Another important finding was that there were only two deaths in the first 4 weeks from nearly 4000 ‘starts’ during the study period. One of the two was a brain haemorrhage and the other unknown causes. This is reassuring both that inductions in that country are apparently well managed and that the fear of early deaths due to TdP in predisposed individuals does not occur at a significant rate, if at all.

As the second component to their study, to re-assess prevalence of QT prolongation 200 OMT patient volunteers had an ECG performed. This group represented about 20% of the total registered OMT patients attending pharmacies and clinics in the Oslo metropolitan area. The authors state that their findings are parallel to previous studies. Buprenorphine patients had no cases of QTc > 500ms cf. 8 out of 173 (4.6%) of the methadone patients with prolonged QTc, each of them taking 120mg daily or more. They recommend ECG in those prescribed more than 120mg.

The authors state that they agree with Schmittner & Krantz (2006) in a paper entitled “QTc prolongation in methadone maintenance: fact and fiction” in which they state: “screening electrocardiography is probably unwarranted and creates a barrier to accessing care.” Anchersen and colleagues continue: “We found no evidence to suggest that the risk of QTc prolongation or TdP is especially elevated during the initial period of methadone treatment. Additionally, mortality attributable to QTc prolongation in OMT as a whole was found to be very low. We do not believe that implementation of routine ECG prior to OMT initiation would have any significant impact on mortality.”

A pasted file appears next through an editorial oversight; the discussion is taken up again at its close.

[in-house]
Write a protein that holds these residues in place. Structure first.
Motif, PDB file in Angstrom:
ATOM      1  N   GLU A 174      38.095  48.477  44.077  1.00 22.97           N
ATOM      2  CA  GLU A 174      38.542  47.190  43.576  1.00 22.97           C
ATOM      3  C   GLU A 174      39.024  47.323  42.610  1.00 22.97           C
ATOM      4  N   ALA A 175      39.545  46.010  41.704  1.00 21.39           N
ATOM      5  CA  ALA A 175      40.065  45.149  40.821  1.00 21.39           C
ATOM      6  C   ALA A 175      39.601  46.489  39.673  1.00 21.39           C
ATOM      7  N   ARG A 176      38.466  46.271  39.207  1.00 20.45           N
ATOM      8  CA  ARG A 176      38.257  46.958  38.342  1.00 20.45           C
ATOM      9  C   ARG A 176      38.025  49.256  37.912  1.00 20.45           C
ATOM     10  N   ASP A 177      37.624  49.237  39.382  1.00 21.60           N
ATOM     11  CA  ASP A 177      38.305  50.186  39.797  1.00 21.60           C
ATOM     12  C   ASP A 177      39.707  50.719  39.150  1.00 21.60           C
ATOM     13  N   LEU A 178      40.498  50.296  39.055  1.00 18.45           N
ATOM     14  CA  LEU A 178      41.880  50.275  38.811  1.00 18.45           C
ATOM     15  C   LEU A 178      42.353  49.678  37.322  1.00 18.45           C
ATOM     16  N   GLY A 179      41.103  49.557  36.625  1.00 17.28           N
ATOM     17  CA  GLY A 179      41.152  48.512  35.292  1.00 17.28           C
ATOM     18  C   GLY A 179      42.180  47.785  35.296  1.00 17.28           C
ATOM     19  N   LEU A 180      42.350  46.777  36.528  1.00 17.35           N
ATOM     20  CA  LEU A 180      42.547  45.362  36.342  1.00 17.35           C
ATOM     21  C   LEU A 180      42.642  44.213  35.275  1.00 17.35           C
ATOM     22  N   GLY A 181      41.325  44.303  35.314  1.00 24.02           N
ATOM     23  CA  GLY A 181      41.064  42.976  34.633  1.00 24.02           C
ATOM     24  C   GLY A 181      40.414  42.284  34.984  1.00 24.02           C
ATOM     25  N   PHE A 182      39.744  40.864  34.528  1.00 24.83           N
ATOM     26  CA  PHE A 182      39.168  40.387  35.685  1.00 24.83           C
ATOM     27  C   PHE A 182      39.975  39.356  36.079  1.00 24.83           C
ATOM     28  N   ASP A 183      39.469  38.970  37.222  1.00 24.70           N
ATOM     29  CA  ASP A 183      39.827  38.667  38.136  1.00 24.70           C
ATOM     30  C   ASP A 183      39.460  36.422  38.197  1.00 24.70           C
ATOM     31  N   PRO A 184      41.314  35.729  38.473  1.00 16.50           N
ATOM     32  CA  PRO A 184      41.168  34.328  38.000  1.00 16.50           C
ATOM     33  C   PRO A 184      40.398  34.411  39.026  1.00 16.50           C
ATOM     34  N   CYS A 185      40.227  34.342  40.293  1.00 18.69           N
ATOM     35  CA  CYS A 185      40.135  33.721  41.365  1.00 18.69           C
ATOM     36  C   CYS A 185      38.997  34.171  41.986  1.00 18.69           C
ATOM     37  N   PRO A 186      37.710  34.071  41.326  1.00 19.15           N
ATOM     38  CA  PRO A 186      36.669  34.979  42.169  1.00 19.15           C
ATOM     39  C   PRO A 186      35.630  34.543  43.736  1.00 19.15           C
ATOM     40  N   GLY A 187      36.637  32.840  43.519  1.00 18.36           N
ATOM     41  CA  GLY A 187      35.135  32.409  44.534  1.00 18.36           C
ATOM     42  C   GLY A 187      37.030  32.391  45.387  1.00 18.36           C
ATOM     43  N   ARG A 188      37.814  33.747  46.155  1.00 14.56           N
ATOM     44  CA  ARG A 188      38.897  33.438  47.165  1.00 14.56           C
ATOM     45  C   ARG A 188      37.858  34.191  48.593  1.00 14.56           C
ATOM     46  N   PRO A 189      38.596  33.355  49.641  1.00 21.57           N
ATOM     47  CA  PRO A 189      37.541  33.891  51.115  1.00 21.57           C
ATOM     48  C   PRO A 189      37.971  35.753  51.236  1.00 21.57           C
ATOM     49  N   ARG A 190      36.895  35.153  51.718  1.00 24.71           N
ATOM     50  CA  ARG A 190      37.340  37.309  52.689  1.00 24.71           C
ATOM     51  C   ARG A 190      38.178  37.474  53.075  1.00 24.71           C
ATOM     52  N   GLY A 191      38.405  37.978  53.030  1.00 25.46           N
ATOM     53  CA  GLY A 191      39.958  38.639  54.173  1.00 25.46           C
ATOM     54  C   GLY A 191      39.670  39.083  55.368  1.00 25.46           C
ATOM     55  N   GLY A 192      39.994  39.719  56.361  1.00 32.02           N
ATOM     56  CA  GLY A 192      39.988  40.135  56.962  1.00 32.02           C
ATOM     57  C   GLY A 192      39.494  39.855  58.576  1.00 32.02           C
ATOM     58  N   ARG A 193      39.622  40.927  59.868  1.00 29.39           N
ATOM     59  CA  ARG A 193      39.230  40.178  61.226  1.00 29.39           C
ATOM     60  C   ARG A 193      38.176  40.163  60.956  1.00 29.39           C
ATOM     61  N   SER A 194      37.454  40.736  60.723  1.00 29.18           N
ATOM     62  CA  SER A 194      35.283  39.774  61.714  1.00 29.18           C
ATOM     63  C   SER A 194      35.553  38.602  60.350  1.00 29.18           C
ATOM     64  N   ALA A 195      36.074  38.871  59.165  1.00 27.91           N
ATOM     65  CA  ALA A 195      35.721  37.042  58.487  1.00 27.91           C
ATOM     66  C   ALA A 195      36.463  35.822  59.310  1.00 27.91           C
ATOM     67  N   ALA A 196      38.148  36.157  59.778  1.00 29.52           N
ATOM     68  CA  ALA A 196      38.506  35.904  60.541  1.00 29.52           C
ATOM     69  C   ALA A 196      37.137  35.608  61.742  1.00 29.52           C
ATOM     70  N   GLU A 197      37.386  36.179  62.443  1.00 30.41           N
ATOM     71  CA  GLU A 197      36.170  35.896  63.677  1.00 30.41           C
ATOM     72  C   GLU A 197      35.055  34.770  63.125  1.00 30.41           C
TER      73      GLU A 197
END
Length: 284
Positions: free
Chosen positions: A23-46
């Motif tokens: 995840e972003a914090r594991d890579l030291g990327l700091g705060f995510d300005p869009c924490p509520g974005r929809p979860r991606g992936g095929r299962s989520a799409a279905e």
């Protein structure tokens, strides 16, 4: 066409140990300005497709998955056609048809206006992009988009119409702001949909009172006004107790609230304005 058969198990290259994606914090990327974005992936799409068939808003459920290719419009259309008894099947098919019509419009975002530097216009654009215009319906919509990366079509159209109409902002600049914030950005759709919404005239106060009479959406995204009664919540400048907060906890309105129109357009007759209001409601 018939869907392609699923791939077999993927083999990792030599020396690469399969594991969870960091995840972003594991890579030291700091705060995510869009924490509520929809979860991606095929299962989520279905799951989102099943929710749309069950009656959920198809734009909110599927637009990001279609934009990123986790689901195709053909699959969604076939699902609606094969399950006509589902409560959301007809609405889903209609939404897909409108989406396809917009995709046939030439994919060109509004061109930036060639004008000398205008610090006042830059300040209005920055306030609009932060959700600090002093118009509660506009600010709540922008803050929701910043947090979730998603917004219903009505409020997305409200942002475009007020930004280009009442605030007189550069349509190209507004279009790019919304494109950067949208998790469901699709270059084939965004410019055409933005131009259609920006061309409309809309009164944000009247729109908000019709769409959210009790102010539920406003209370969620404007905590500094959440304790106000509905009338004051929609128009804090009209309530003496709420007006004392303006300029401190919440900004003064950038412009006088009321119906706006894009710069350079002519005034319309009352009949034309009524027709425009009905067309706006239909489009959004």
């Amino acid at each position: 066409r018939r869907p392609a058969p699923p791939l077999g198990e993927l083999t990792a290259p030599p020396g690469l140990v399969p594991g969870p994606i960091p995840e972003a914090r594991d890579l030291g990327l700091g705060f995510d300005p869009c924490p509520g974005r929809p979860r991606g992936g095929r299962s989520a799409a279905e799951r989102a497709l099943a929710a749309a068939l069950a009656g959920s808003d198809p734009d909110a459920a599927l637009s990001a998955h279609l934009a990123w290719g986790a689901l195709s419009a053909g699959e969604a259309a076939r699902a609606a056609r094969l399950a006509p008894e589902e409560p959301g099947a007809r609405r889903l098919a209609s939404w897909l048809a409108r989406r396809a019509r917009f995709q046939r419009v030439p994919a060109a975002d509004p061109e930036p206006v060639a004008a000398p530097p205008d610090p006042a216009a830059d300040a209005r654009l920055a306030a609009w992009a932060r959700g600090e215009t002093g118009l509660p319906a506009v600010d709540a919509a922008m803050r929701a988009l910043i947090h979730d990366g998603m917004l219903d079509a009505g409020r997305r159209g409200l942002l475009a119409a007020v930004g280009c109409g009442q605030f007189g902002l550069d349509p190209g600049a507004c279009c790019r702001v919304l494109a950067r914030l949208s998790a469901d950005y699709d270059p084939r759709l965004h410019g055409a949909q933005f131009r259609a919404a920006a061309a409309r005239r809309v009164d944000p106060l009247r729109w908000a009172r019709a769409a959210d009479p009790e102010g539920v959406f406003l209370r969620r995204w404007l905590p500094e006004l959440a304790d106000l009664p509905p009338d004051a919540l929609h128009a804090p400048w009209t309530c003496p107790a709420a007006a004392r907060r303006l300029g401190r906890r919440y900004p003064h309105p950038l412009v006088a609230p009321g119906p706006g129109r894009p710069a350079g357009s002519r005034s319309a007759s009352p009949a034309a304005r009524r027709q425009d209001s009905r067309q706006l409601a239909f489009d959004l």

This also casts serious doubts on the two studies of Chugh and Fanoe which both implicated TdP in fatal and non-fatal events respectively using ‘circumstantial’ methodologies. The high rates of TdP predicted by these authors are not consistent either with this Norwegian study nor have other studies provided corroboration of their deductions. Furthermore, Anchersen’s findings of low mortality in early treatment is inconsistent with Wedam’s RCT finding that prolonged QTc in early methadone treatment (>10% in their group) lead to extremely high risk of TdP in such patients. Indeed, such younger opioid dependents in early treatment seem to be almost immune from TdP considering the 100 or more reports in the literature. No cases of tachycardia were reported in any of these three studies - somthing which would also seem to confirm Anchersen’s findings. 

Comments by Andrew Byrne ..

Clinic web page: http://www.redfernclinic.com/c/


Fanoe S, Hvidt C, Ege P, Jensen GB. Syncope and QT prolongation among patients treated with methadone for heroin dependence in the city of Copenhagen. Heart 2007;93;1051-1055

Chugh SS, Socoteanu C, Reinier K, Waltz J, Jui J, Gunson K. A Community-Based Evaluation of Sudden Death Associated with Therapeutic Levels of Methadone. American Journal of Medicine 2008 121: 66-71

Schmittner J, Krantz MJ. QTc prolongation in methadone maintenance: fact and fiction. Heroin Addict Relat Clin Probl 2006 6:41-52

Wedam EF, Bigelow GE, Johnson RE, Nuzzo PA, Haigney MCP. QT-Interval Effects of Methadone, Levomethadyl, and Buprenorphine in a Randomized Trial. Arch Intern Med 2007 167;22:2469-2473